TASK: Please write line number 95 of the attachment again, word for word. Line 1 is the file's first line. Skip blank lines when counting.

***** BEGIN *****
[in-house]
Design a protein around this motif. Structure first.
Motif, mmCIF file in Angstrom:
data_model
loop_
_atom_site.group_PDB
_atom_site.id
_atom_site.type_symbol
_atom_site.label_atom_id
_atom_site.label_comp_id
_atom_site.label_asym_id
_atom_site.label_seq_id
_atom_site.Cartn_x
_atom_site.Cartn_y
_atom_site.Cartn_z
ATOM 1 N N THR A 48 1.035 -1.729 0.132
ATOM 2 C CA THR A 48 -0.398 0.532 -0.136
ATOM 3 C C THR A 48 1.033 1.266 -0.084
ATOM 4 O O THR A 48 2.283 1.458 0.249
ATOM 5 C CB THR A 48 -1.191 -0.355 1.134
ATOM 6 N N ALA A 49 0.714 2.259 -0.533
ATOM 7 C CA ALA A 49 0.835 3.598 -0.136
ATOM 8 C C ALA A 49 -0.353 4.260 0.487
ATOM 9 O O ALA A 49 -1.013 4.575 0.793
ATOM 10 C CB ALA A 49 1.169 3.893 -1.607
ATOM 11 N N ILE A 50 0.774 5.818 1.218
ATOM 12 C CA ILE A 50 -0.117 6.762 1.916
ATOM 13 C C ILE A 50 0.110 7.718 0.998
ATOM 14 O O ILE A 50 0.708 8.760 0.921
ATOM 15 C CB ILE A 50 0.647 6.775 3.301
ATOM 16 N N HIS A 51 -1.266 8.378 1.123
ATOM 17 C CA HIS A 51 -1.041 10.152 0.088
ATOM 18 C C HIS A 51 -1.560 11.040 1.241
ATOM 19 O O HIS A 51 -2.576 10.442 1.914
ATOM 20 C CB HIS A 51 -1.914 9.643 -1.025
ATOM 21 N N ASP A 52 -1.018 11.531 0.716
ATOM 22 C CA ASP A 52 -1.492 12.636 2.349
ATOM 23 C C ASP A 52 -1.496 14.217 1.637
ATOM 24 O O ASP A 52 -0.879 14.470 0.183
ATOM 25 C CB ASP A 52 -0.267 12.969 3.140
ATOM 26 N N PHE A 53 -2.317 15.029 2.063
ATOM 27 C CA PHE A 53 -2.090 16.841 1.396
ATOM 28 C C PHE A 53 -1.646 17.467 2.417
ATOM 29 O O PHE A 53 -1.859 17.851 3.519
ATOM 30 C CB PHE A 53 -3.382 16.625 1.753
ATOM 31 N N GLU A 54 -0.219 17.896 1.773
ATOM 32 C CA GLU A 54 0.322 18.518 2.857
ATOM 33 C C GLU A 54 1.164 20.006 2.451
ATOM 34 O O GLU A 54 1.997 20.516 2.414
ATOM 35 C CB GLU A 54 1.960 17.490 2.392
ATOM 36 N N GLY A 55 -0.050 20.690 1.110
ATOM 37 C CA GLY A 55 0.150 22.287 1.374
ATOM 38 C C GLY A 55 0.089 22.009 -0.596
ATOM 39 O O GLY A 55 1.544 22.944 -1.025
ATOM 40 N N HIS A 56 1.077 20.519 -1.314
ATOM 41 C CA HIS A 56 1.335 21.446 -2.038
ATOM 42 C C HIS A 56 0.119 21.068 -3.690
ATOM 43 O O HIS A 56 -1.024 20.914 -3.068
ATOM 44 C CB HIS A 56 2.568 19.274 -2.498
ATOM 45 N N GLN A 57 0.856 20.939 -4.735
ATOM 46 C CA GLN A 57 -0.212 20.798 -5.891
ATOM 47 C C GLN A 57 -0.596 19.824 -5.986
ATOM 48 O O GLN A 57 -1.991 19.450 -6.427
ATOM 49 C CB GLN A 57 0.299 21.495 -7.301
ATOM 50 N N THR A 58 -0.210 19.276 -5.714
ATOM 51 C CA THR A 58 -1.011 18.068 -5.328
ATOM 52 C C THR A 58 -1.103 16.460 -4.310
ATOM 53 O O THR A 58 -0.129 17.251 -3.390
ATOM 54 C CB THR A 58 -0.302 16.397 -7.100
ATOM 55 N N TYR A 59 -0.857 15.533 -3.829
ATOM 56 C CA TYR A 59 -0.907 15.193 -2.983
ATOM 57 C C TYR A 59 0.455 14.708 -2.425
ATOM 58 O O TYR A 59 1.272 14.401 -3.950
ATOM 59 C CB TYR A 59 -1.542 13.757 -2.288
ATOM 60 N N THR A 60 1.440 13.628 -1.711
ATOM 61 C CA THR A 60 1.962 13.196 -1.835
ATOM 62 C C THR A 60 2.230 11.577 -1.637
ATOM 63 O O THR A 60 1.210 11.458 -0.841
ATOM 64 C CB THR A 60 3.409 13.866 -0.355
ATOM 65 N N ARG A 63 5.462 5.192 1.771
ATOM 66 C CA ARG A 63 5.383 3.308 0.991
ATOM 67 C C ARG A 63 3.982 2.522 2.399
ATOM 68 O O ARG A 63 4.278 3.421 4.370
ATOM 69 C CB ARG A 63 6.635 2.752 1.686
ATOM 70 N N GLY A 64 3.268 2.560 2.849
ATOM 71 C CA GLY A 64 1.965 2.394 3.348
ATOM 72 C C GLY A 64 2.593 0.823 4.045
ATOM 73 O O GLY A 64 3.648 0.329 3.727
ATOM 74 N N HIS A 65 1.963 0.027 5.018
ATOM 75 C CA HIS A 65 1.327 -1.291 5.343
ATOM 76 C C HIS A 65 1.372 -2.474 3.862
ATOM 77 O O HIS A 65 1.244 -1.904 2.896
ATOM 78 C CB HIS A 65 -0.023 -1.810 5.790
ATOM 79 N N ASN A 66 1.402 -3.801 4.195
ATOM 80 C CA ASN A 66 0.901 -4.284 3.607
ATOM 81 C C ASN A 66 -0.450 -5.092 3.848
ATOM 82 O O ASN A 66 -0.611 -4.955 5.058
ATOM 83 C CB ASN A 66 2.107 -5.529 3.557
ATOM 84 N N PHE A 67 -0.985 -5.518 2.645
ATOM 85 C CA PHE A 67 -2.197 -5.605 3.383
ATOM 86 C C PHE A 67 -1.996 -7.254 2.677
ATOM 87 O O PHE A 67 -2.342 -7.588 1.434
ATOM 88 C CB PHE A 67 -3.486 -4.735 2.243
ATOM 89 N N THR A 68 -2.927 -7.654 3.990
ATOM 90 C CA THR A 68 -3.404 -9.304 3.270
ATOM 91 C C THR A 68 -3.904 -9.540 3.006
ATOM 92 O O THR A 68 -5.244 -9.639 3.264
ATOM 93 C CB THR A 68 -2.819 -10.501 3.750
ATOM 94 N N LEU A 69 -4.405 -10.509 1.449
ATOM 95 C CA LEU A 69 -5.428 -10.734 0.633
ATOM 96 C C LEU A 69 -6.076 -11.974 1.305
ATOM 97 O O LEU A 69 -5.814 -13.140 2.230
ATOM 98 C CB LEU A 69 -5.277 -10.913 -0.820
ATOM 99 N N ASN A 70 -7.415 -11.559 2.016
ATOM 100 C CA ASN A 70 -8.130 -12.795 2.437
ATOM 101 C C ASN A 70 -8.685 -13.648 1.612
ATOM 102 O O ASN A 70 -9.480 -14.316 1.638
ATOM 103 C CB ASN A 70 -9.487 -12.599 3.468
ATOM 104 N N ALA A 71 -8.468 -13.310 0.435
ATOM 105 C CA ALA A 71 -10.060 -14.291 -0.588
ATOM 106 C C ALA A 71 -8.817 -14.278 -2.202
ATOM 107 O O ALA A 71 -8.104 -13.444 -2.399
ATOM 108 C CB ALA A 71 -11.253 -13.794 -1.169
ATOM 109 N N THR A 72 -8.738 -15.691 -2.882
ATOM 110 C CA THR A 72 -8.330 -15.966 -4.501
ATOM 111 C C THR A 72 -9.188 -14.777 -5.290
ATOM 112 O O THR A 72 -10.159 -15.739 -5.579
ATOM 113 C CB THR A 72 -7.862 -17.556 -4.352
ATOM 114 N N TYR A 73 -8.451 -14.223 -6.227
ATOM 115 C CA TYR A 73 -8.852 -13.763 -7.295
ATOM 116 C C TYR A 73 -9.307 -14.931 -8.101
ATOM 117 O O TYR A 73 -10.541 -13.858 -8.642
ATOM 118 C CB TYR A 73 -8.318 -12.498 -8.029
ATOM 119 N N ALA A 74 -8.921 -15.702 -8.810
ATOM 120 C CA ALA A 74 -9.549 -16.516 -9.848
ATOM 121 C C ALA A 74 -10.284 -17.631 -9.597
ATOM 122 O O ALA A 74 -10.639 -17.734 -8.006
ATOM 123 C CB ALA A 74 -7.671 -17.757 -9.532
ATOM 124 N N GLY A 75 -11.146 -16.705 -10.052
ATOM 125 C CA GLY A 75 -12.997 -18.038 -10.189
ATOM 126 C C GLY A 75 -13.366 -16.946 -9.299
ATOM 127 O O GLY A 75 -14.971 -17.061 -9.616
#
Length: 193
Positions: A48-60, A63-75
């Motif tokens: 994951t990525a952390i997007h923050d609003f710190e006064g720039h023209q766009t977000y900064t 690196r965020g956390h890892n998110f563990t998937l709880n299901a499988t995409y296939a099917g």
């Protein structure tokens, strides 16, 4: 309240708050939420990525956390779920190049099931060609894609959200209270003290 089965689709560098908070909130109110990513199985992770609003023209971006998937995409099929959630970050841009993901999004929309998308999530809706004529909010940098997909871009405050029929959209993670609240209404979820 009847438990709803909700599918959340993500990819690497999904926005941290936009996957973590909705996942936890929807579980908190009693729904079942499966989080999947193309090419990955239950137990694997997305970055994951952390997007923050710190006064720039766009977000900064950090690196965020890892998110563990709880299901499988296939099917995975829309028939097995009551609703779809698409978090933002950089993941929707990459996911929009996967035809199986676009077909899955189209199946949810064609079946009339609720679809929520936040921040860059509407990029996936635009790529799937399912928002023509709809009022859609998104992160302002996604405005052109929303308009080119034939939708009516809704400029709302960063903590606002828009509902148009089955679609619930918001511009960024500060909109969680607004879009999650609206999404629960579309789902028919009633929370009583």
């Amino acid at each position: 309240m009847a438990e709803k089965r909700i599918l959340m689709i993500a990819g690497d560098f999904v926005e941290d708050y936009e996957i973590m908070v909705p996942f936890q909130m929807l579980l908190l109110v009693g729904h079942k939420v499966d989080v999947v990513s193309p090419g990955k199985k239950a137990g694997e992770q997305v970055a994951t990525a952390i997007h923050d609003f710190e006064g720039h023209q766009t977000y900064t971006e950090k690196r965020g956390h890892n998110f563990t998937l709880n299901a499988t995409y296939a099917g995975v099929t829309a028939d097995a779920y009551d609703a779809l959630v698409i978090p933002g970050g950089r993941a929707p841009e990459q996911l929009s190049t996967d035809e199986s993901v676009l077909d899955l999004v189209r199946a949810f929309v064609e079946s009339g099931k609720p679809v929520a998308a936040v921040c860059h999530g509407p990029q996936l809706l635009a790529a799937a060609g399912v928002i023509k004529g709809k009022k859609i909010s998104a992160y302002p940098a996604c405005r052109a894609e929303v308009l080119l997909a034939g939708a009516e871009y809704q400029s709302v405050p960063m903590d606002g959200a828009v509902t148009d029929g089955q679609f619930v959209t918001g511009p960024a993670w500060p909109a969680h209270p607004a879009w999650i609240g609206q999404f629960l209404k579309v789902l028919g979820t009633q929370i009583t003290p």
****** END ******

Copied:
ATOM 80 C CA ASN A 66 0.901 -4.284 3.607